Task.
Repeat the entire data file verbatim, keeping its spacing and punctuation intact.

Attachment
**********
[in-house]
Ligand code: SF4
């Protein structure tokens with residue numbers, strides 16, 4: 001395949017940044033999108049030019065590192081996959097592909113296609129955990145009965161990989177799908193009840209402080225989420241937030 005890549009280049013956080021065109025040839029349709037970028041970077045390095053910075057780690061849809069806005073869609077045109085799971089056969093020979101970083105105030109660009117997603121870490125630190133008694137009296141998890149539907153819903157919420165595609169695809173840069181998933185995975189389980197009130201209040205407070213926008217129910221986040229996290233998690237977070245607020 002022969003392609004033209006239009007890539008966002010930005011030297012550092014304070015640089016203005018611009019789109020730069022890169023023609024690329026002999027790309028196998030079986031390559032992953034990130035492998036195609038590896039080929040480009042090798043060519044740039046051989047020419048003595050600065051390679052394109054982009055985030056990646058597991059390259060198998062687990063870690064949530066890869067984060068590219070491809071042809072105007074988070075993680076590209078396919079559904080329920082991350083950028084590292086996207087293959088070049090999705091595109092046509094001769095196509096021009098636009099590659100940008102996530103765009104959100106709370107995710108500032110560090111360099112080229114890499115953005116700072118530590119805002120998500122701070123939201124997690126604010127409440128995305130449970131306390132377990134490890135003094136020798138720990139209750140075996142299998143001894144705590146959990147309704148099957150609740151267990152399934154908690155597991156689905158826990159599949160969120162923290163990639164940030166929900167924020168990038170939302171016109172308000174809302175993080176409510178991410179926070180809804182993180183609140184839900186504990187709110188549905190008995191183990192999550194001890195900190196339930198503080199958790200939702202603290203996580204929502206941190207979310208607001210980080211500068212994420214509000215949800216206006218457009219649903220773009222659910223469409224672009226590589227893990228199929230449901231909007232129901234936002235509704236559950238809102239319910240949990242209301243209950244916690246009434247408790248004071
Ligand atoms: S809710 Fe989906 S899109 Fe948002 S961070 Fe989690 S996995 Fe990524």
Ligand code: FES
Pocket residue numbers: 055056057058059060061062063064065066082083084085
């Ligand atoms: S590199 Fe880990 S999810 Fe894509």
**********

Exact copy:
[in-house]
Ligand code: SF4
């Protein structure tokens with residue numbers, strides 16, 4: 001395949017940044033999108049030019065590192081996959097592909113296609129955990145009965161990989177799908193009840209402080225989420241937030 005890549009280049013956080021065109025040839029349709037970028041970077045390095053910075057780690061849809069806005073869609077045109085799971089056969093020979101970083105105030109660009117997603121870490125630190133008694137009296141998890149539907153819903157919420165595609169695809173840069181998933185995975189389980197009130201209040205407070213926008217129910221986040229996290233998690237977070245607020 002022969003392609004033209006239009007890539008966002010930005011030297012550092014304070015640089016203005018611009019789109020730069022890169023023609024690329026002999027790309028196998030079986031390559032992953034990130035492998036195609038590896039080929040480009042090798043060519044740039046051989047020419048003595050600065051390679052394109054982009055985030056990646058597991059390259060198998062687990063870690064949530066890869067984060068590219070491809071042809072105007074988070075993680076590209078396919079559904080329920082991350083950028084590292086996207087293959088070049090999705091595109092046509094001769095196509096021009098636009099590659100940008102996530103765009104959100106709370107995710108500032110560090111360099112080229114890499115953005116700072118530590119805002120998500122701070123939201124997690126604010127409440128995305130449970131306390132377990134490890135003094136020798138720990139209750140075996142299998143001894144705590146959990147309704148099957150609740151267990152399934154908690155597991156689905158826990159599949160969120162923290163990639164940030166929900167924020168990038170939302171016109172308000174809302175993080176409510178991410179926070180809804182993180183609140184839900186504990187709110188549905190008995191183990192999550194001890195900190196339930198503080199958790200939702202603290203996580204929502206941190207979310208607001210980080211500068212994420214509000215949800216206006218457009219649903220773009222659910223469409224672009226590589227893990228199929230449901231909007232129901234936002235509704236559950238809102239319910240949990242209301243209950244916690246009434247408790248004071
Ligand atoms: S809710 Fe989906 S899109 Fe948002 S961070 Fe989690 S996995 Fe990524």
Ligand code: FES
Pocket residue numbers: 055056057058059060061062063064065066082083084085
């Ligand atoms: S590199 Fe880990 S999810 Fe894509």